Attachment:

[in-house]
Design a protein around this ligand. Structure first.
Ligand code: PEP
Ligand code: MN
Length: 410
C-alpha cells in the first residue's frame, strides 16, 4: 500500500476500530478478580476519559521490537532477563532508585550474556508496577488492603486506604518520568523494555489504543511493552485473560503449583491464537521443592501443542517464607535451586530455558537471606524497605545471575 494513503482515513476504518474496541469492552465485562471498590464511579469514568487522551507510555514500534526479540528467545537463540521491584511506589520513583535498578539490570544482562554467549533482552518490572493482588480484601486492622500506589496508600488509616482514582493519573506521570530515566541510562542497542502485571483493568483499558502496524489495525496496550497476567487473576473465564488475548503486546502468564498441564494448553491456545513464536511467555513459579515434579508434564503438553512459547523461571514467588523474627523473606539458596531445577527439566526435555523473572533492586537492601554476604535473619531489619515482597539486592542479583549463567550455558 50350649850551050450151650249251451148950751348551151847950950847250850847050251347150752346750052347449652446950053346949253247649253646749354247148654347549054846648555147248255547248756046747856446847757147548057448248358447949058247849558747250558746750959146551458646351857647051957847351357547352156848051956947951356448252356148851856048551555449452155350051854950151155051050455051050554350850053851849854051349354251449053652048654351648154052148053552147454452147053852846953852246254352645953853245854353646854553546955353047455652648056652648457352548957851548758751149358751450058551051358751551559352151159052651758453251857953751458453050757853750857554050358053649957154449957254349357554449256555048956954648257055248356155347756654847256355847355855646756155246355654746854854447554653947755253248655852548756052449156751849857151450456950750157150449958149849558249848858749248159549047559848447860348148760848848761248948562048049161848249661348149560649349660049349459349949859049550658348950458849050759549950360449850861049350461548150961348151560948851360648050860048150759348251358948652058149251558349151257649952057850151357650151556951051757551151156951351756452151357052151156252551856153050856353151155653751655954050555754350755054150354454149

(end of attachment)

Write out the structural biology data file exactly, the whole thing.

[in-house]
Design a protein around this ligand. Structure first.
Ligand code: PEP
Ligand code: MN
Length: 410
C-alpha cells in the first residue's frame, strides 16, 4: 500500500476500530478478580476519559521490537532477563532508585550474556508496577488492603486506604518520568523494555489504543511493552485473560503449583491464537521443592501443542517464607535451586530455558537471606524497605545471575 494513503482515513476504518474496541469492552465485562471498590464511579469514568487522551507510555514500534526479540528467545537463540521491584511506589520513583535498578539490570544482562554467549533482552518490572493482588480484601486492622500506589496508600488509616482514582493519573506521570530515566541510562542497542502485571483493568483499558502496524489495525496496550497476567487473576473465564488475548503486546502468564498441564494448553491456545513464536511467555513459579515434579508434564503438553512459547523461571514467588523474627523473606539458596531445577527439566526435555523473572533492586537492601554476604535473619531489619515482597539486592542479583549463567550455558 50350649850551050450151650249251451148950751348551151847950950847250850847050251347150752346750052347449652446950053346949253247649253646749354247148654347549054846648555147248255547248756046747856446847757147548057448248358447949058247849558747250558746750959146551458646351857647051957847351357547352156848051956947951356448252356148851856048551555449452155350051854950151155051050455051050554350850053851849854051349354251449053652048654351648154052148053552147454452147053852846953852246254352645953853245854353646854553546955353047455652648056652648457352548957851548758751149358751450058551051358751551559352151159052651758453251857953751458453050757853750857554050358053649957154449957254349357554449256555048956954648257055248356155347756654847256355847355855646756155246355654746854854447554653947755253248655852548756052449156751849857151450456950750157150449958149849558249848858749248159549047559848447860348148760848848761248948562048049161848249661348149560649349660049349459349949859049550658348950458849050759549950360449850861049350461548150961348151560948851360648050860048150759348251358948652058149251558349151257649952057850151357650151556951051757551151156951351756452151357052151156252551856153050856353151155653751655954050555754350755054150354454149